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News Release

EBSA Press Release: Labor Department Cautions Financial Firms To Stop Using Employee Benefit Plans In Negotiating Corporate Sales [03/07/1997]

Archived News Release — Caution: Information may be out of date.

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Financial institutions may not use employee benefit plans as bargaining chips in negotiations to sell their subsidiaries or divisions, warned the U.S. Department of Labor's Pension and Welfare Benefits Administration (PWBA).

PWBA Deputy Assistant Secretary Alan D. Lebowitz said, "The department is concerned that other financial institutions may be using their plans to barter for higher purchase price. There is no gray area under the law employers cannot promise prospective buyers that they will get plan business, especially if they stand to profit by reaping a higher price on the sale of an affiliate."

The department has learned that some financial institutions may be misusing their authority to hire investment managers and service providers for plans when engaging in such sales. One recent settlement with the Labor Department involved such an arrangement regarding the sale of a subsidiary by a nationally prominent bank. As part of the sale, the bank had agreed to continue to retain the subsidiary being sold as investment manager of the bank's employee benefit plans in exchange for a higher sale price for the subsidiary.

Under the settlement, the bank agreed to pay $1.8 million to one of its pension plans. It also agreed to refrain from using its authority over plans under its control to obtain services from any subsidiary it may sell in the future, if the sales proceeds paid to the bank would be affected by the bank's use of its authority over the plans.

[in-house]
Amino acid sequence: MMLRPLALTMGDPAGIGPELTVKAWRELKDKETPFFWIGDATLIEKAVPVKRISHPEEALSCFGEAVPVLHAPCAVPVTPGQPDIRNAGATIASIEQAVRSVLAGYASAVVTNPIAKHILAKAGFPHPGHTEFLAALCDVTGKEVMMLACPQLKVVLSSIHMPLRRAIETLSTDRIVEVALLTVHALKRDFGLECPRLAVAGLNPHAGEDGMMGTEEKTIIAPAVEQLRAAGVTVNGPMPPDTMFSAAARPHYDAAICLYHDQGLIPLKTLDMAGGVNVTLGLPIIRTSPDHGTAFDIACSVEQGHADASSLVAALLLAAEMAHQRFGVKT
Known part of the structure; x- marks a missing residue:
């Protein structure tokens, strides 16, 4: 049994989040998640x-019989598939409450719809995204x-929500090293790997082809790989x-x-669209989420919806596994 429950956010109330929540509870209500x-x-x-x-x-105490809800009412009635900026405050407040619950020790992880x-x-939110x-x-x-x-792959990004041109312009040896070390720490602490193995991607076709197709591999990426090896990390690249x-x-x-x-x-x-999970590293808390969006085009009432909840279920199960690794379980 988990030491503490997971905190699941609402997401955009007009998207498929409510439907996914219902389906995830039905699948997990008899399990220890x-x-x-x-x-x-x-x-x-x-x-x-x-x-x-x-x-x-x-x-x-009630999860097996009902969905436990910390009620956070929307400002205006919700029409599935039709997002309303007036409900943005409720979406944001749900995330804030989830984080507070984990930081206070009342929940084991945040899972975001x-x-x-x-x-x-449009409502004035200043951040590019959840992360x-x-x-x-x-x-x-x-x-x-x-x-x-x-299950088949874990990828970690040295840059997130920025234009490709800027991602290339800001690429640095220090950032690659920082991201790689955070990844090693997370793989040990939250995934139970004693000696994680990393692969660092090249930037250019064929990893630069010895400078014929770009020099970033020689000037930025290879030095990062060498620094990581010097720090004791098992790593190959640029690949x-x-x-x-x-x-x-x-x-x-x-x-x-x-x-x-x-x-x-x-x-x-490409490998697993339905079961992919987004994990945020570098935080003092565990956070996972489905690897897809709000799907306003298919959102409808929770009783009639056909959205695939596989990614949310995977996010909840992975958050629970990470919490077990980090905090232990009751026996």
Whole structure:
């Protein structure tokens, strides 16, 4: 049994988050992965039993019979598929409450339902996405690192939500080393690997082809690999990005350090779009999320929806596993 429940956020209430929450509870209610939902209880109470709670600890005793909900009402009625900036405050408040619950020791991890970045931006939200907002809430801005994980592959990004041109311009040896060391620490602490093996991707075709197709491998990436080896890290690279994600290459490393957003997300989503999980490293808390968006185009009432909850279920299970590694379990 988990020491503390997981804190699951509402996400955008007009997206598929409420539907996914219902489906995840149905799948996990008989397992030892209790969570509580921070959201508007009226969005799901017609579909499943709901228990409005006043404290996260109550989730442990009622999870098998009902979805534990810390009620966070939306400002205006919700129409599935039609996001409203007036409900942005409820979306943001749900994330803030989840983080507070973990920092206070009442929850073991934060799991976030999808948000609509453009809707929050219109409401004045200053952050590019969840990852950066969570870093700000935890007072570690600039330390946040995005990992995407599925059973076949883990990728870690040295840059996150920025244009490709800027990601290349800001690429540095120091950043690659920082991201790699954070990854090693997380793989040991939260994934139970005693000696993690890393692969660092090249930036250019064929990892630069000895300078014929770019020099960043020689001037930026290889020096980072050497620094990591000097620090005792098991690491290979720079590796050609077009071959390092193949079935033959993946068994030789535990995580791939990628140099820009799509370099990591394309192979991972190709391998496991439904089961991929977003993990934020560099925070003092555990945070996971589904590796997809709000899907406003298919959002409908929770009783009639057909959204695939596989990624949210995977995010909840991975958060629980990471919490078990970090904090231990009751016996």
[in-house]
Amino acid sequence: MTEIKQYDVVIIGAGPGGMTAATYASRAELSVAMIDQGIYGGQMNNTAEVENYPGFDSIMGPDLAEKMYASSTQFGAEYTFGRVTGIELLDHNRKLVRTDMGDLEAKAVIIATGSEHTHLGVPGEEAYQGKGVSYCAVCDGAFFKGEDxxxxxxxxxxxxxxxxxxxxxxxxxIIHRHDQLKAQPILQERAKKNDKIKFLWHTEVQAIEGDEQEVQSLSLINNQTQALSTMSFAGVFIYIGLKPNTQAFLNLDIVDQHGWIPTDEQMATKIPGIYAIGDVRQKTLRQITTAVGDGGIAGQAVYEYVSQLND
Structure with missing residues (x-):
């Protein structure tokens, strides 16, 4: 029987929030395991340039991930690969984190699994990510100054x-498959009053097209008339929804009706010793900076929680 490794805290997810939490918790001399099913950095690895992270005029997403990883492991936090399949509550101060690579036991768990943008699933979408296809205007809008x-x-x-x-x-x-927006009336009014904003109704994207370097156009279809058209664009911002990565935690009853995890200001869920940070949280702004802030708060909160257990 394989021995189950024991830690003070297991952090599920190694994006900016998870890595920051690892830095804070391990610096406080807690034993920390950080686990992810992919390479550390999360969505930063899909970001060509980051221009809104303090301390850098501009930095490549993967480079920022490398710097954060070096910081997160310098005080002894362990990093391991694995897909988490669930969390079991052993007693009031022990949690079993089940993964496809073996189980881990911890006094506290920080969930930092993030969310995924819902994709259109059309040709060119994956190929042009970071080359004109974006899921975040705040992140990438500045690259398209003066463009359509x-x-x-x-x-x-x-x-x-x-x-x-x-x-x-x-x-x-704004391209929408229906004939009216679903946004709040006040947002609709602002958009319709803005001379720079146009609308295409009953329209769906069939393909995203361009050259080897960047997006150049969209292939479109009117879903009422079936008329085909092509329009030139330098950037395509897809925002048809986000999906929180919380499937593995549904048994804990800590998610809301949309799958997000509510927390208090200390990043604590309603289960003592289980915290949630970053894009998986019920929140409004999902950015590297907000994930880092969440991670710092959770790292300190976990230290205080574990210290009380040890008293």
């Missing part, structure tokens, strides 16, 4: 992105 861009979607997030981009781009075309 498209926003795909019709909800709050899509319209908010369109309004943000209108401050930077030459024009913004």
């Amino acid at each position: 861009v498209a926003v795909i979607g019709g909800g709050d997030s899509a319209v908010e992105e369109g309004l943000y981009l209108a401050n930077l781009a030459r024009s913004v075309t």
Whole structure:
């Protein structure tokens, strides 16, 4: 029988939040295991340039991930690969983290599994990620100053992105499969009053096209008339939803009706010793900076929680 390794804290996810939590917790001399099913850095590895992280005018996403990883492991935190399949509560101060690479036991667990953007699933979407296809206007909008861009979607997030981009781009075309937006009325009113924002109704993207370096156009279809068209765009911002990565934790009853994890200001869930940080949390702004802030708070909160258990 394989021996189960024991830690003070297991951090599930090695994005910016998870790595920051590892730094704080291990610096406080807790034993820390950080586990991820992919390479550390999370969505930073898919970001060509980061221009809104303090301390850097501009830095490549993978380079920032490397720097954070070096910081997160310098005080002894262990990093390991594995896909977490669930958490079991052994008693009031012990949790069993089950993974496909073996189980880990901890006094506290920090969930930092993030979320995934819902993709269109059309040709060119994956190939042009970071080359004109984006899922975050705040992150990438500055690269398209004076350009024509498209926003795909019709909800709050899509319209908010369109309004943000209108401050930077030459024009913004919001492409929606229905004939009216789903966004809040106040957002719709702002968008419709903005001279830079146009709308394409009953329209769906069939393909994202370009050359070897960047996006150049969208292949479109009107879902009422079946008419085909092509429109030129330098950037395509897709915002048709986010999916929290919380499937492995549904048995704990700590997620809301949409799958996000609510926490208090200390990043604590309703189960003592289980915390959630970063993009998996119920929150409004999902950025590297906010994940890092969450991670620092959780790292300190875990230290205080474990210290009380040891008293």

A financial institution may not misuse its discretionary authority to select an investment manager or service provider on behalf of a plan for its own benefit. Federal pension law requires that these financial institutions act solely in the interest of plans, and their participants and beneficiaries in using their discretionary authority.

According to the department, the law the Employee Retirement Income Security Act of 1974 applies to such transactions, not only in cases where the plan pays the fees, but also where the fees for investment management or other services for the plan are paid out of the general corporate assets of the employer sponsoring the plan.

The department cautions that financial institutions who include in the sale price of a related subsidiary or division the business of managing plans under their control could be placing their interests ahead of the plans, and participants and beneficiaries, in violation of the fiduciary standards of federal pension law.

Archived News Release — Caution: Information may be out of date.

Employee Benefits Security Administration
March 7, 1997
Release Number